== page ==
The U.S.-led global order has a distinct aversion to authoritarianism, and with good reason. The centralization of political power in the hands of a single individual or political party offends liberal democratic sensibilities. It also often leads to political regimes that are oppressive at home and aggressive abroad. But that’s not always the case. There is nothing stopping authoritarian regimes from maintaining peace or ensuring the equitable application of the rule of law any more than a democratic government can guarantee that a particular country will be peaceful or ensure the liberty of all of its citizens equally. Critics of authoritarianism are actually thinking of something more sinister: totalitarianism, an authoritarian regime in which the leadership wants total control over not just the state but the individual.

Totalitarianism is supposed to be virtually impossible in the 21st century. The totalitarian regimes of Nazi Germany and Stalinist Russia came of age in the first half of the 20th century – while television was in its infancy and well before the advent of the internet. These regimes were able to completely control the information their citizens consumed, which played a major role in their ability to ensure, if not domestic legitimacy, then at least the population’s slavish compliance with government directives. North Korea is the one truly totalitarian state left standing today – and the cost of maintaining this system has been its almost complete isolation from the international economic order, leaving most North Koreans brainwashed, poor and malnourished. The rising tide of economic growth was supposed to lift all boats, and the widening availability of information via the internet was supposed to be an inoculation against the re-emergence of such regimes.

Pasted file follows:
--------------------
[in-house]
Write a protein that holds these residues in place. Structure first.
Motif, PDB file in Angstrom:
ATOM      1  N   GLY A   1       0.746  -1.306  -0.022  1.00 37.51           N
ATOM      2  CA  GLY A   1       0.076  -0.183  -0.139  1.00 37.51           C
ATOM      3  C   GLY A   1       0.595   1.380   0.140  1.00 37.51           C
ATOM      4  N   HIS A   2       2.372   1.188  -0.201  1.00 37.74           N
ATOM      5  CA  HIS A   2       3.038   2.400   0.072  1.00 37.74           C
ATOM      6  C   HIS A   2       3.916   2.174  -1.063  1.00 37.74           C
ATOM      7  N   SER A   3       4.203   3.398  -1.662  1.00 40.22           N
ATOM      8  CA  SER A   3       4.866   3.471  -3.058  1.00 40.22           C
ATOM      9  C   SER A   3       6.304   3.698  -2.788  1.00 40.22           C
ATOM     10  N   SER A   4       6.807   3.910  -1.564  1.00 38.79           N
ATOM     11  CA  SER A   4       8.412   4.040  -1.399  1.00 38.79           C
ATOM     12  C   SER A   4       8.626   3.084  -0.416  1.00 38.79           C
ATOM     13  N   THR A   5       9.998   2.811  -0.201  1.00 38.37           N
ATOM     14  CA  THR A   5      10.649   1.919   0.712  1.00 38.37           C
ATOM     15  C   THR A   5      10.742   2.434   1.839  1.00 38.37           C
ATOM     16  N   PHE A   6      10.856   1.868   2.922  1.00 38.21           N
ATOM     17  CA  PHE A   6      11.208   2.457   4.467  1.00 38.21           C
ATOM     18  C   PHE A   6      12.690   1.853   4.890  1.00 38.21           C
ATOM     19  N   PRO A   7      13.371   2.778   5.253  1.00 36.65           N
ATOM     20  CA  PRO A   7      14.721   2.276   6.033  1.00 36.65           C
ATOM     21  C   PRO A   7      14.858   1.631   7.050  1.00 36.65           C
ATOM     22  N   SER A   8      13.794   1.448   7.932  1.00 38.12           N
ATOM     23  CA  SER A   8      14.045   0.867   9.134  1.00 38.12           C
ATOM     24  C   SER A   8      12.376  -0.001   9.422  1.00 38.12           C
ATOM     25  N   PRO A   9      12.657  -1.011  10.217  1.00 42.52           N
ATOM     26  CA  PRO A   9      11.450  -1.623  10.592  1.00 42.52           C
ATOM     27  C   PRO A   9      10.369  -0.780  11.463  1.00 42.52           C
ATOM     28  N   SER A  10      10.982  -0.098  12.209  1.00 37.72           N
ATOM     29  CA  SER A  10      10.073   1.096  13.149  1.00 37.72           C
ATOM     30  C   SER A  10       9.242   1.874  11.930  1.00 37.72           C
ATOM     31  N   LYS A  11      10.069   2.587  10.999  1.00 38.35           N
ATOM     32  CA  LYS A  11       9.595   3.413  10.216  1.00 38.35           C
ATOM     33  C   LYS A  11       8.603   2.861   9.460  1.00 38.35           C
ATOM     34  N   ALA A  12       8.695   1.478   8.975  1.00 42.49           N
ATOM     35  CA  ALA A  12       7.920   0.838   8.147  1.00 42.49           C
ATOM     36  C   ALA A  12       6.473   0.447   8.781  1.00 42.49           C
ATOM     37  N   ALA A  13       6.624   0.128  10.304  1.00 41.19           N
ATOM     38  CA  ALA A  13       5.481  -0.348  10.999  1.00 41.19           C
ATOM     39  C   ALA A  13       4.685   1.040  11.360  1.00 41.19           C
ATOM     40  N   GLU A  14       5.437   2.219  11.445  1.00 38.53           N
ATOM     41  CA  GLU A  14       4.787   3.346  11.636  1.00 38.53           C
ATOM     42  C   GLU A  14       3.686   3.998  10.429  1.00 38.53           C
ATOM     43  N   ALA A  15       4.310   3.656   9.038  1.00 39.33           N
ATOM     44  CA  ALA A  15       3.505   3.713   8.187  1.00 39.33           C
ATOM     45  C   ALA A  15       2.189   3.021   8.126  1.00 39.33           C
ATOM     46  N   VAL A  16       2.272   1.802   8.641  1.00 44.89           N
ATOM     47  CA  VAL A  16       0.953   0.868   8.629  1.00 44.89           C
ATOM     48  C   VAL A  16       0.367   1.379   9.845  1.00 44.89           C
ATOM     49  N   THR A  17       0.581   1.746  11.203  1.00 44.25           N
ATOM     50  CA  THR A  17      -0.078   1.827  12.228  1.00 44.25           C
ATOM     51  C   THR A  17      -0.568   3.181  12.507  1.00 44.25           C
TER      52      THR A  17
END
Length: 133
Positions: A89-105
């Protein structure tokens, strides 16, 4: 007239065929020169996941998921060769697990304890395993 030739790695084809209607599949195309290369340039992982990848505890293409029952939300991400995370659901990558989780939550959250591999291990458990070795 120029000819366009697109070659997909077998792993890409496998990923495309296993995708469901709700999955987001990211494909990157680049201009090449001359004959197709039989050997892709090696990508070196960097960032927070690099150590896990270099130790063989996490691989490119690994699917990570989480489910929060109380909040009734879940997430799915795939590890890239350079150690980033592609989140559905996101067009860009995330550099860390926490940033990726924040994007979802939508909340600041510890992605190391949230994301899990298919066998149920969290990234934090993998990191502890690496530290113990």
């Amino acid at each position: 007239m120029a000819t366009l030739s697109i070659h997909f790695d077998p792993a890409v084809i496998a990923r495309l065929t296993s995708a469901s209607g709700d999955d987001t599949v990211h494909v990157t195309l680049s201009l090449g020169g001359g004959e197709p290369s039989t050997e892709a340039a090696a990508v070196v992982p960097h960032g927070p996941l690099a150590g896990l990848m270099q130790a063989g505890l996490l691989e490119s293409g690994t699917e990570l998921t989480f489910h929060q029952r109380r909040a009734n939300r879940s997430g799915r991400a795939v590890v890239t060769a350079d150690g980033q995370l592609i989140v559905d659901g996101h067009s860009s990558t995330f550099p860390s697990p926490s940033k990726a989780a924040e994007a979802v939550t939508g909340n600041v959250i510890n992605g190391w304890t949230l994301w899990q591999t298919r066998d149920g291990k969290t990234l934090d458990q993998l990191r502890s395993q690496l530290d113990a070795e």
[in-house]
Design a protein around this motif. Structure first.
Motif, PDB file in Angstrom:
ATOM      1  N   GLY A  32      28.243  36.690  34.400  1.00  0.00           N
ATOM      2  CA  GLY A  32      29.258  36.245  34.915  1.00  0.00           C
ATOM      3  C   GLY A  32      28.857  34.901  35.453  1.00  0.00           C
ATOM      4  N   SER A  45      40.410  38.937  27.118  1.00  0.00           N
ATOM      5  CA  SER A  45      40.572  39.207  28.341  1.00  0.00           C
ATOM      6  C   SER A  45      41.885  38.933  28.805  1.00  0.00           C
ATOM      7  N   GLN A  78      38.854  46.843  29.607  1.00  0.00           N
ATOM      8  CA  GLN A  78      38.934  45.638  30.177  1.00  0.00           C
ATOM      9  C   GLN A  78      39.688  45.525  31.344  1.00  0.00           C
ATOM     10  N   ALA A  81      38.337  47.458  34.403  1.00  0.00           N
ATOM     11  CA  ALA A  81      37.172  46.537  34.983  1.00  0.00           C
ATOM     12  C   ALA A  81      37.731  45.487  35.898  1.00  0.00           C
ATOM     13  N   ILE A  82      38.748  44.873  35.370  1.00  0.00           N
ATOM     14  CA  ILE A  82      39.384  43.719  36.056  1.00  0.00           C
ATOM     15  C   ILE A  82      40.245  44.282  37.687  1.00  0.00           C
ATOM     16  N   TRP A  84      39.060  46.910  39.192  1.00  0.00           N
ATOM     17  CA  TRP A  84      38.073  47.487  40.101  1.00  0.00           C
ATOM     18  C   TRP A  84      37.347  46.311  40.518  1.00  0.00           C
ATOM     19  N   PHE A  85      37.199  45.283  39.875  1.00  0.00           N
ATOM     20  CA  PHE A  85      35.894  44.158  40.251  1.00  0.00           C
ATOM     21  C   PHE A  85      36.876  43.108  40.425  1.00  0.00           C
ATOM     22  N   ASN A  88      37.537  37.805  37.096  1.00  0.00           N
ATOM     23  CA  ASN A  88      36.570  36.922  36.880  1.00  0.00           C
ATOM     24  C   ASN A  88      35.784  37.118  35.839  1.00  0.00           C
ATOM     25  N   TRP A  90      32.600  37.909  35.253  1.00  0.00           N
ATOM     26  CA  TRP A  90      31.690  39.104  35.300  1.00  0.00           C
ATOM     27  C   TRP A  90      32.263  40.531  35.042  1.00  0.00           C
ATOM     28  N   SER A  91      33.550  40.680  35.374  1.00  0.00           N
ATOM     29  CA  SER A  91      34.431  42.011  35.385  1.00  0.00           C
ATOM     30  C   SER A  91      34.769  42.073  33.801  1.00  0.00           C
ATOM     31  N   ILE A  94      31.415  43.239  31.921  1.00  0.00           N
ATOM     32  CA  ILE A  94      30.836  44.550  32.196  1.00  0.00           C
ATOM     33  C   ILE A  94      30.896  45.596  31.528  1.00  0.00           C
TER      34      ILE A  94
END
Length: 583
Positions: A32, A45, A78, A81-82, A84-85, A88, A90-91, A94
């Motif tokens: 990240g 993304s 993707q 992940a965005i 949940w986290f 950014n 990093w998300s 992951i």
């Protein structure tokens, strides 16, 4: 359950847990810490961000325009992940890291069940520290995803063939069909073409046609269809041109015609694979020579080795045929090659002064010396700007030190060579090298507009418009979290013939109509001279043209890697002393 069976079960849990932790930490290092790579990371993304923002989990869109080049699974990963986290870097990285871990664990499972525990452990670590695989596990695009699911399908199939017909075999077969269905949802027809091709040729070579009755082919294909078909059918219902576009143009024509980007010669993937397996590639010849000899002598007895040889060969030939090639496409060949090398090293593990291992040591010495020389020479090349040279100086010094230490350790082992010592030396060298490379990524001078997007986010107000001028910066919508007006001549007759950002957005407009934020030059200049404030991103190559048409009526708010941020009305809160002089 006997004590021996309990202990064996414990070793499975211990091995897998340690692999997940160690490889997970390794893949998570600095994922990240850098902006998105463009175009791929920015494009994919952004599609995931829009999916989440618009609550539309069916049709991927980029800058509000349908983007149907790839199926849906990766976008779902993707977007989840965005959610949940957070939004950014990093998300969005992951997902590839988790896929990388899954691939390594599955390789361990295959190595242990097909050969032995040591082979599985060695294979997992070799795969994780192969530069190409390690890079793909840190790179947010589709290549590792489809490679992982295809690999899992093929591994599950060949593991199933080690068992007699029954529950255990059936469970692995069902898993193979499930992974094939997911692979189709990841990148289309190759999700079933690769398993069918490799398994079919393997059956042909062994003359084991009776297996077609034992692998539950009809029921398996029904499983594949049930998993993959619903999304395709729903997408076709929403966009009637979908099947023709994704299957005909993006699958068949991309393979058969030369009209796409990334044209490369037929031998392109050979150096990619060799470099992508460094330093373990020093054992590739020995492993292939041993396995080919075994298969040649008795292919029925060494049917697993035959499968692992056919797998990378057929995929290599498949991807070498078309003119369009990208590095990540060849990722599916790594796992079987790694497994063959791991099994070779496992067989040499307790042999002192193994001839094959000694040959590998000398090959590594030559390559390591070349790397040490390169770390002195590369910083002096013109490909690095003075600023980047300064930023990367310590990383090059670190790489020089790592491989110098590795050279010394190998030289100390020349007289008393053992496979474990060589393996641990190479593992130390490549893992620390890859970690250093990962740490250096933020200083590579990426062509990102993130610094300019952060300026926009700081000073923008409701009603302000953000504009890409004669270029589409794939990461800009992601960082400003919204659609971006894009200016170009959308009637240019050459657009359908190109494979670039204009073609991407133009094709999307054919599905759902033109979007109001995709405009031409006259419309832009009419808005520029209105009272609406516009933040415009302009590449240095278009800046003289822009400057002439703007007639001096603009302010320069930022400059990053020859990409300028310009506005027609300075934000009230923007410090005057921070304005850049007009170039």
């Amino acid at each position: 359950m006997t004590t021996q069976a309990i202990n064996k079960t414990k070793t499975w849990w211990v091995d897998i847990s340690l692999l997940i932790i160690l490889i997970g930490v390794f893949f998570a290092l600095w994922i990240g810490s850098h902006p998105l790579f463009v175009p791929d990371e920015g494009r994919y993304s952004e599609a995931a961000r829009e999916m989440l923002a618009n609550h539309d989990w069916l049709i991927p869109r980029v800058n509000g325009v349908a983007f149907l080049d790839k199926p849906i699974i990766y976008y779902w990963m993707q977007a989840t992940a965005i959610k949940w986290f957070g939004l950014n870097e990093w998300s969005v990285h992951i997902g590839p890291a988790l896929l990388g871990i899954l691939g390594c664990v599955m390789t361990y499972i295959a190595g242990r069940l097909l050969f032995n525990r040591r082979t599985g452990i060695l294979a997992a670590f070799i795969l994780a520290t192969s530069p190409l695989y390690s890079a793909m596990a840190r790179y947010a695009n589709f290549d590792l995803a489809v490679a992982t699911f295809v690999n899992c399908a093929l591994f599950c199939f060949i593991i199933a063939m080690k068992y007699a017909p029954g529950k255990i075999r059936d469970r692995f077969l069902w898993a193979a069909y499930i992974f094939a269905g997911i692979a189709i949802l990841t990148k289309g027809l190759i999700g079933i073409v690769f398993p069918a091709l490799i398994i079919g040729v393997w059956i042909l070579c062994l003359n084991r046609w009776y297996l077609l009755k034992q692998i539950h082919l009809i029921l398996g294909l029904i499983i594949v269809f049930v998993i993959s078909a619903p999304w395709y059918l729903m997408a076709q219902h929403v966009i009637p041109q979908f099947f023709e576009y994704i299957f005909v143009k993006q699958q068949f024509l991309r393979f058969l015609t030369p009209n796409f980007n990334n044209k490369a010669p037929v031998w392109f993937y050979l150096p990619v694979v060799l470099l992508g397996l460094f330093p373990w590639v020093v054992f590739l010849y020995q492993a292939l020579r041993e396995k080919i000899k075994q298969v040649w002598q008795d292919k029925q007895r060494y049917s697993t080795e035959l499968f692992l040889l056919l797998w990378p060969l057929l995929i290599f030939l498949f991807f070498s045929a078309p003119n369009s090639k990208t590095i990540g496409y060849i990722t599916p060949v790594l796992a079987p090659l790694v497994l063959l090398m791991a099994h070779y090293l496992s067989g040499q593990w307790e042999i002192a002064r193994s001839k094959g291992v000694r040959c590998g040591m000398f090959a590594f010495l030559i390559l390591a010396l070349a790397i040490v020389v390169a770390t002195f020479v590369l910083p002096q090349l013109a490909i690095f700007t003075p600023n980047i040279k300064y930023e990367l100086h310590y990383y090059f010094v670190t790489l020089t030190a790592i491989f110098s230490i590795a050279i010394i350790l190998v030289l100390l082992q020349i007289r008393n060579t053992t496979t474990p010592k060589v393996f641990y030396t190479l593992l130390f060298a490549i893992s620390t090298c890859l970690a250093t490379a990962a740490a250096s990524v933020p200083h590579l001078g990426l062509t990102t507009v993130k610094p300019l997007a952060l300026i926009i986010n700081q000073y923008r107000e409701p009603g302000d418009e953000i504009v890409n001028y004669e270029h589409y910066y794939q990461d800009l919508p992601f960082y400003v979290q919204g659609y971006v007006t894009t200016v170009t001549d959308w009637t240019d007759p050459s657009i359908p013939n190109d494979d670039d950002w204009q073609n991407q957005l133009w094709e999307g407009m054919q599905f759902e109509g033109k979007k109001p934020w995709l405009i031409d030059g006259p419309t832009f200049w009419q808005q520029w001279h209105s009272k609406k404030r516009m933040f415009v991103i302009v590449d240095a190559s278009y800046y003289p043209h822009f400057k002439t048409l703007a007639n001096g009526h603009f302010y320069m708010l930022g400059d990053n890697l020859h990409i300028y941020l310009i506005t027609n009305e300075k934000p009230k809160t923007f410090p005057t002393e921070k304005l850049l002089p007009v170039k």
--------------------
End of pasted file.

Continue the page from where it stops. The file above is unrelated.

It isn’t quite working that way.

Last week, the RBK Group, a Russian media firm, reported that the Russian government is preparing to temporarily disconnect the country from the internet to test the resilience of Russia’s internet space should an external aggressor sever Russia’s connection with the global internet. The test, expected to take place sometime before April 1, is the latest in a series of Russian moves to build an independent, distinctly Russian internet infrastructure. Russia portrays the development of this infrastructure as a defensive necessity, forced upon it by an increasingly aggressive United States, which, along with its allies, could manipulate the internet to damage Russian interests. Russia is not wrong about that, but there’s more to what Moscow is doing than just planning for contingencies.

Russia has made strengthening its internet infrastructure a national priority since at least 2014, when its Communications Ministry simulated the effects of being disconnected from the internet and relying on a domestic backup system. In October 2017, the Security Council of Russia urged the government to develop an independent internet infrastructure, and President Vladimir Putin mandated its creation by August 2018. In December 2018, a bill was proposed in the Russian State Duma that would create the Digital Economy National Program and introduce significant changes to Russia’s internet infrastructure, internet providers and telecommunications firms. The cutoff experiment is meant to provide Russian lawmakers with information to modify the proposed law on its second reading.